According to the Fed's recent Financial Stability Report, reforms undertaken since the last financial crisis have made the US financial system more robust and resilient should another crisis occur. With the recovery and resolution plans being particularly applicable to securing businesses and households during good times and bad, risks taken by institutions and investors that could lead to financial failure are largely off the shoulders of US taxpayers.
There are still vulnerabilities that can build over time, however, and business debt remains the greatest concern. While the largest banks are sufficiently capitalized and able to withstand shocks in the market better than before, there is evidence of more aggressive risk-taking, particularly with institutions seeking more profitable investments as well as the increased use of leveraged lending and cov-lite loan structures. Because hedge funds and private equity firms do not play the same pivotal role as banks, while their propensity for high risk-taking may expose their counterparties, the Fed indicates that they will not get bailed out in the event of another financial crisis.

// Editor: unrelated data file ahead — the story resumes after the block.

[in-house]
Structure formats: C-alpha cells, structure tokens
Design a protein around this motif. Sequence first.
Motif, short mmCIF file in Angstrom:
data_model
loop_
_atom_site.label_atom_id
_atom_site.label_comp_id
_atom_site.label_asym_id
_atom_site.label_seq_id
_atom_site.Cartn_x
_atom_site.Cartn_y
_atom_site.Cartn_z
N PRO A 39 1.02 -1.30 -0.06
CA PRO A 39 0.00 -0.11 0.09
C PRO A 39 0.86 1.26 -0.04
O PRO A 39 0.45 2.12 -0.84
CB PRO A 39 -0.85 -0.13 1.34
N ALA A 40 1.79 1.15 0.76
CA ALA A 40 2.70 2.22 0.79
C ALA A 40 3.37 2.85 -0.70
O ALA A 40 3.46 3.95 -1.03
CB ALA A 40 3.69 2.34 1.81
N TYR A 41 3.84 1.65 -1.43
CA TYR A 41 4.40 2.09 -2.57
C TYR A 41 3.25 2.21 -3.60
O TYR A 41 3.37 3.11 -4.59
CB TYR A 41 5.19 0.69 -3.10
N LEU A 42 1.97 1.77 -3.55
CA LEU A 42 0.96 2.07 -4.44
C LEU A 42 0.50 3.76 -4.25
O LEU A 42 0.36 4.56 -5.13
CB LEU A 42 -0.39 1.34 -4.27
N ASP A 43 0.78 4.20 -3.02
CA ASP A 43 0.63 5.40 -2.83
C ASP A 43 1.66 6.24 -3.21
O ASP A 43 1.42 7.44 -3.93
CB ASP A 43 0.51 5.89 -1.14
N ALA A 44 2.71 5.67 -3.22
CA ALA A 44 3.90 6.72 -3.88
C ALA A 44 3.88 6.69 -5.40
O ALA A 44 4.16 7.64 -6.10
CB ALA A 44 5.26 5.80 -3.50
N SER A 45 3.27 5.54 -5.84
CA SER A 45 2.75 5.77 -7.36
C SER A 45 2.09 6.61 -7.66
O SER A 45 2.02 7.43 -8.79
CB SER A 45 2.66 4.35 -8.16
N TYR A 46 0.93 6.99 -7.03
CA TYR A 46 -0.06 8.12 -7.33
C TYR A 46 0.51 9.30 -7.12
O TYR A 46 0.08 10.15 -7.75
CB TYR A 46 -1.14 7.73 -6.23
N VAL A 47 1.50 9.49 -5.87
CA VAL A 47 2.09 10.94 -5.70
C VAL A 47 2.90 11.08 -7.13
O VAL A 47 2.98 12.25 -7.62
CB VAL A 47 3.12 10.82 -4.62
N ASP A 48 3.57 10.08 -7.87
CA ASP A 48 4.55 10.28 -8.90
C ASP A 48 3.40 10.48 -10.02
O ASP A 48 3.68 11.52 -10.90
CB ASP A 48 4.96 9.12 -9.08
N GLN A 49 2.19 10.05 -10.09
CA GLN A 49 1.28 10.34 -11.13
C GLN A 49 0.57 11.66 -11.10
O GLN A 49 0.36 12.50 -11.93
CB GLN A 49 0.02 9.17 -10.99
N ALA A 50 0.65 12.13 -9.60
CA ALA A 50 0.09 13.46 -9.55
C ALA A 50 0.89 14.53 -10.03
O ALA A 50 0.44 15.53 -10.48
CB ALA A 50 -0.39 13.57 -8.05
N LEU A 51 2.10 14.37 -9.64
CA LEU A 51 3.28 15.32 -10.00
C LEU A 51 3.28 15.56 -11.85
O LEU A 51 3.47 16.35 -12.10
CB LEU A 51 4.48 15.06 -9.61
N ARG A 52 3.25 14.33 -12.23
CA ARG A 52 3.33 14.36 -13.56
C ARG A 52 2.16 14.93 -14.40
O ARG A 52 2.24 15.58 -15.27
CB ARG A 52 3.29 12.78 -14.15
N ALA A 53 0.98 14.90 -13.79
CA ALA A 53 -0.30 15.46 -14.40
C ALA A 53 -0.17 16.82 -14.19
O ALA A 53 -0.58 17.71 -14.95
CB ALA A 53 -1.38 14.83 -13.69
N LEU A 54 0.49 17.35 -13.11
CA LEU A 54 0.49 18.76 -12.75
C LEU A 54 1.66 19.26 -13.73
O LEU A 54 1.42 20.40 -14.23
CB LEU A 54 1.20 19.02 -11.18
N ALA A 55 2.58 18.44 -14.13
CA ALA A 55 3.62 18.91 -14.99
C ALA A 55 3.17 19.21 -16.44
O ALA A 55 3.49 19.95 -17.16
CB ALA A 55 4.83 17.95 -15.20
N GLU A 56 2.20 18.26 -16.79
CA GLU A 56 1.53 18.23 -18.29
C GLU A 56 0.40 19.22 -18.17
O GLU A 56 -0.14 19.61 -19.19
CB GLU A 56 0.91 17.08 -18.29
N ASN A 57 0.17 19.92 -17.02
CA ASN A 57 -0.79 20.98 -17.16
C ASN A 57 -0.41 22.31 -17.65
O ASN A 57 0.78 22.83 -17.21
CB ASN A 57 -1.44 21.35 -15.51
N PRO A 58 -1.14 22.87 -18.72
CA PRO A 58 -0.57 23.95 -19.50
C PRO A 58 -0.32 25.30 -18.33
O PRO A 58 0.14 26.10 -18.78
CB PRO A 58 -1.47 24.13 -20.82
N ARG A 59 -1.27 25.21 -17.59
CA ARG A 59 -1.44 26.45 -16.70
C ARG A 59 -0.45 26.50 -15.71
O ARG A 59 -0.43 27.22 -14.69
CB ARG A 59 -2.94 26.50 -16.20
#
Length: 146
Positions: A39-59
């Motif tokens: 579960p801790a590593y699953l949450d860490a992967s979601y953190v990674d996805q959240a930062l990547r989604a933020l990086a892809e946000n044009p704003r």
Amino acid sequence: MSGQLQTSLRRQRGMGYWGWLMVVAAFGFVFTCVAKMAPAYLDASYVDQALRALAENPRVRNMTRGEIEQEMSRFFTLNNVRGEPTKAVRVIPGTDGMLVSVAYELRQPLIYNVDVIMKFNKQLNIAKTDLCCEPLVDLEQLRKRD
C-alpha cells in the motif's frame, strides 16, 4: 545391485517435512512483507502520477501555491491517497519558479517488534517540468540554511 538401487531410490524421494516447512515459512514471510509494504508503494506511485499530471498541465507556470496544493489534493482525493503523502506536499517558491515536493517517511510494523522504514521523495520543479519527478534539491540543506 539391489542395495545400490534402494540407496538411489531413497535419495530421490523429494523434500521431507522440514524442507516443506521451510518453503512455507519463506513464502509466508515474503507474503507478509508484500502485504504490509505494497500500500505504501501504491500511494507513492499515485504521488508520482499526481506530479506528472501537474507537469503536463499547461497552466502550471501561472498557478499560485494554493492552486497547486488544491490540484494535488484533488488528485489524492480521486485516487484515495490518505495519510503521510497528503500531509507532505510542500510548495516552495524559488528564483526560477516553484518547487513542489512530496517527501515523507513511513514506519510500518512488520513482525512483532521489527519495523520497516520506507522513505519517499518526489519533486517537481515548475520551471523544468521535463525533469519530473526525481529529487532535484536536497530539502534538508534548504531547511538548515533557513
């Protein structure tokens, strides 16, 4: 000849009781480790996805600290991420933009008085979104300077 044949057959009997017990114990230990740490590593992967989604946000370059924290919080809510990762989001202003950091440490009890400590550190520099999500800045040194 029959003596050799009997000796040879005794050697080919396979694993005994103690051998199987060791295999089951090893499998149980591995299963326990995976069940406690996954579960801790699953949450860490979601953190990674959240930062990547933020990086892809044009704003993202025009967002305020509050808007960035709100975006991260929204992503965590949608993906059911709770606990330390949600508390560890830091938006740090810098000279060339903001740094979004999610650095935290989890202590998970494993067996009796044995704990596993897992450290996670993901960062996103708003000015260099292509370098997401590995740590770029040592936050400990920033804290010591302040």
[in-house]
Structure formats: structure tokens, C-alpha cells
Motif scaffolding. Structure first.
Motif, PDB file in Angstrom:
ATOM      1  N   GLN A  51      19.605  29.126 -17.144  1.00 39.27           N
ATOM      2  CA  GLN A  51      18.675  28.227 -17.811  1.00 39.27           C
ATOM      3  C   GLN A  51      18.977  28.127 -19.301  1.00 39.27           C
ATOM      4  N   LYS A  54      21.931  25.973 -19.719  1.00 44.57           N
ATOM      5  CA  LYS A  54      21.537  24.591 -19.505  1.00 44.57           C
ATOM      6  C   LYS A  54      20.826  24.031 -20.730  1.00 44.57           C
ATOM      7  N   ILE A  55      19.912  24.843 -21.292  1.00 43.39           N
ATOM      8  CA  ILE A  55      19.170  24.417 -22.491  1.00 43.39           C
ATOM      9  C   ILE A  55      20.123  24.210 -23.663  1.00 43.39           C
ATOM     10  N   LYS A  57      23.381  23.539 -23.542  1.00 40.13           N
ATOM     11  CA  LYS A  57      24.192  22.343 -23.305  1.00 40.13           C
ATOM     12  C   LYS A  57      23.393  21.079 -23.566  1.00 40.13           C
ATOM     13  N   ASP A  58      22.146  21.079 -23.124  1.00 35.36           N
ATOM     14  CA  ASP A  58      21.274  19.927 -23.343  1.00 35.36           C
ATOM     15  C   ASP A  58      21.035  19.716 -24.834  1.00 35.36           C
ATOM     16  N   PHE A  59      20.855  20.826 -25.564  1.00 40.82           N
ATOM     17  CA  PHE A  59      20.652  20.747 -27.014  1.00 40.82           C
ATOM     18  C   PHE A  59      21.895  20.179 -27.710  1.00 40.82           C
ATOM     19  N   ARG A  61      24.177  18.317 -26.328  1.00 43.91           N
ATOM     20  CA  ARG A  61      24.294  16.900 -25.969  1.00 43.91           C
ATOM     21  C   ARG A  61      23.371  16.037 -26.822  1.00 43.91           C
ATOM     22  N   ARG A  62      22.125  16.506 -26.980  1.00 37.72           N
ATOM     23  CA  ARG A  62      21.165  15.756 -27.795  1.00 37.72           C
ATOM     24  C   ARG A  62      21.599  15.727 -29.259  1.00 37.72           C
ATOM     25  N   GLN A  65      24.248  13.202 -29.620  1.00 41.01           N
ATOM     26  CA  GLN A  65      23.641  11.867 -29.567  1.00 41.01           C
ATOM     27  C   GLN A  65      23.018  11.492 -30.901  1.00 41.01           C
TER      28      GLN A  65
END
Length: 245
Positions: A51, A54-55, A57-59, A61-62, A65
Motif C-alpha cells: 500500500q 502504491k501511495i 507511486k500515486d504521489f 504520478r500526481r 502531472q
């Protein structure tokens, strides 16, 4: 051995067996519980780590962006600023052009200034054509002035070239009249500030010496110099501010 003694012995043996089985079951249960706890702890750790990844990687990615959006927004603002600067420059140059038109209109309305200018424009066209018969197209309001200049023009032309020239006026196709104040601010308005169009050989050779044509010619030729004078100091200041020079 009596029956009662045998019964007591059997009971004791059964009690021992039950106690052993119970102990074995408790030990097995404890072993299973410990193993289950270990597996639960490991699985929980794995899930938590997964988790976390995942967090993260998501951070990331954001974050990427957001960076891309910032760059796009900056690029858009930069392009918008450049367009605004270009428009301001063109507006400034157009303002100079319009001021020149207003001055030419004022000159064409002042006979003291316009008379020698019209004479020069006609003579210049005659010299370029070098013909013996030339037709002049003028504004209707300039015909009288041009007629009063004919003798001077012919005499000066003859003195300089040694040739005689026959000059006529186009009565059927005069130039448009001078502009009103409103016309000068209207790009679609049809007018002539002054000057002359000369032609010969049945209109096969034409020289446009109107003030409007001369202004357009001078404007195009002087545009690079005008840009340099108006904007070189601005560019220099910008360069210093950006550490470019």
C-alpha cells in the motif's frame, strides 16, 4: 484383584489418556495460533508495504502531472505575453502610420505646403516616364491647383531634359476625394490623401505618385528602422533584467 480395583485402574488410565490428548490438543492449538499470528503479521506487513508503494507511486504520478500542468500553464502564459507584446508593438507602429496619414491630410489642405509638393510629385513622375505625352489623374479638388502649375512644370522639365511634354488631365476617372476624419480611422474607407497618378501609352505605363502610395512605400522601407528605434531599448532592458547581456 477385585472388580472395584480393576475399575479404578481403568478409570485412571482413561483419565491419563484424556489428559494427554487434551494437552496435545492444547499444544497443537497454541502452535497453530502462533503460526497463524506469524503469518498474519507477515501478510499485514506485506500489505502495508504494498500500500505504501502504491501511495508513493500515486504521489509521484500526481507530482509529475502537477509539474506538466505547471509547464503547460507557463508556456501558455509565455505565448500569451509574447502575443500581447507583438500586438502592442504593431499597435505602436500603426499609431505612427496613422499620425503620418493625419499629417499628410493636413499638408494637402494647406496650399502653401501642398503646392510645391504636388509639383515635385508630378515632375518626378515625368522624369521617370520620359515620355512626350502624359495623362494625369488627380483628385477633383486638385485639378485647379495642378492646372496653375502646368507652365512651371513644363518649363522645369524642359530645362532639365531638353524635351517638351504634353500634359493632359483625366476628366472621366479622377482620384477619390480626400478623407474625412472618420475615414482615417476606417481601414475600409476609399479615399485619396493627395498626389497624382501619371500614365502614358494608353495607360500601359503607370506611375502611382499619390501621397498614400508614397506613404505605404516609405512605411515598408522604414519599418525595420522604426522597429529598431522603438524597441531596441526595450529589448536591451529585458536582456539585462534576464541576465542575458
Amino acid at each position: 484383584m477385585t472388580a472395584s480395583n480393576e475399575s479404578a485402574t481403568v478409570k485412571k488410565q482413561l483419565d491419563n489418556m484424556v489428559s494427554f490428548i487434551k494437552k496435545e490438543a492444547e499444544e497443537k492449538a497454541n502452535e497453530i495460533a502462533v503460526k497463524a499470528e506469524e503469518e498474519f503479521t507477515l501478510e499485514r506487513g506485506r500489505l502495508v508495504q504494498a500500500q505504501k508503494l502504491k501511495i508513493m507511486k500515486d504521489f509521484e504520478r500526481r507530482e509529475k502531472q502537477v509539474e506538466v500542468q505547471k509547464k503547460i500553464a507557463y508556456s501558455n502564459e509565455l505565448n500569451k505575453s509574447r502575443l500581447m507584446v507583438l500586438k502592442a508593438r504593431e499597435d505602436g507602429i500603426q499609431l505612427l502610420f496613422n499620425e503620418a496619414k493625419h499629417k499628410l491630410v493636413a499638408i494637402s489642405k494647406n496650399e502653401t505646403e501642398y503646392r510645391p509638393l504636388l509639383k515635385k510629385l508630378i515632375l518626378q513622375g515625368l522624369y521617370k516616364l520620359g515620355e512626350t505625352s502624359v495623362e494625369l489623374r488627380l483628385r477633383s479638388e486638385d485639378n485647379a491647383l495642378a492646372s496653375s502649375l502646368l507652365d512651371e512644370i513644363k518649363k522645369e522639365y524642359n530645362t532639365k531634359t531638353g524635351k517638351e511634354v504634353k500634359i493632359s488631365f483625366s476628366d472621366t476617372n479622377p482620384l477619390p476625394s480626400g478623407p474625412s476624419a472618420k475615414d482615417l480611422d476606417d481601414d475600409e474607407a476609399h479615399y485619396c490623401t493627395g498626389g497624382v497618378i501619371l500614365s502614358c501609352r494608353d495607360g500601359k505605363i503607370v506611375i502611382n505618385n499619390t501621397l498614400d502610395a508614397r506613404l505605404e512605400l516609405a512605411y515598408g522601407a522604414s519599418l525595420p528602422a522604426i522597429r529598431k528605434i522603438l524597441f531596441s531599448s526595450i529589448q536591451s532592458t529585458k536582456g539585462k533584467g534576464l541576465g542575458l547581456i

With the measures that the Fed has taken to prevent another financial crisis, should one occur it can be argued that the Fed would largely be responsible. With asset prices progressively being over-inflated, sharp increases in business leverage, and more prevalence of "zombie" firms, it is no wonder that the Fed has used rate increases to temper the risk-taking and flush out inefficient firms. With the next downturn being inevitable, however, it remains to be seen if the Fed's intervention will shorten the downward cycle or prolong it into an even worse recession than before.